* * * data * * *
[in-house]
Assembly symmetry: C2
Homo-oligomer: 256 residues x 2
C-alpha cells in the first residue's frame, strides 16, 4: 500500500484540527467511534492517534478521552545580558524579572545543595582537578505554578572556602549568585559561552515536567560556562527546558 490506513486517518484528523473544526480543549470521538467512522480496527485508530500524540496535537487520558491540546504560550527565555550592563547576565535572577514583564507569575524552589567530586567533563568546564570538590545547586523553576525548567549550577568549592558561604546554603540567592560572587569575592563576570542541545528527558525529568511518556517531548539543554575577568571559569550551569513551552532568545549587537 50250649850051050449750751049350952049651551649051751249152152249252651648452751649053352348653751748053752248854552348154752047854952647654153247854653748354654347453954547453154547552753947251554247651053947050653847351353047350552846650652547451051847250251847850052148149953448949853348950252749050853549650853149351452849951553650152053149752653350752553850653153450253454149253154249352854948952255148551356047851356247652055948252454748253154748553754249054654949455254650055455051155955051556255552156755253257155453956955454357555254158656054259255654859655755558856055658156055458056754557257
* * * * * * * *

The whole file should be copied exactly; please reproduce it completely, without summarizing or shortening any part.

[in-house]
Assembly symmetry: C2
Homo-oligomer: 256 residues x 2
C-alpha cells in the first residue's frame, strides 16, 4: 500500500484540527467511534492517534478521552545580558524579572545543595582537578505554578572556602549568585559561552515536567560556562527546558 490506513486517518484528523473544526480543549470521538467512522480496527485508530500524540496535537487520558491540546504560550527565555550592563547576565535572577514583564507569575524552589567530586567533563568546564570538590545547586523553576525548567549550577568549592558561604546554603540567592560572587569575592563576570542541545528527558525529568511518556517531548539543554575577568571559569550551569513551552532568545549587537 50250649850051050449750751049350952049651551649051751249152152249252651648452751649053352348653751748053752248854552348154752047854952647654153247854653748354654347453954547453154547552753947251554247651053947050653847351353047350552846650652547451051847250251847850052148149953448949853348950252749050853549650853149351452849951553650152053149752653350752553850653153450253454149253154249352854948952255148551356047851356247652055948252454748253154748553754249054654949455254650055455051155955051556255552156755253257155453956955454357555254158656054259255654859655755558856055658156055458056754557257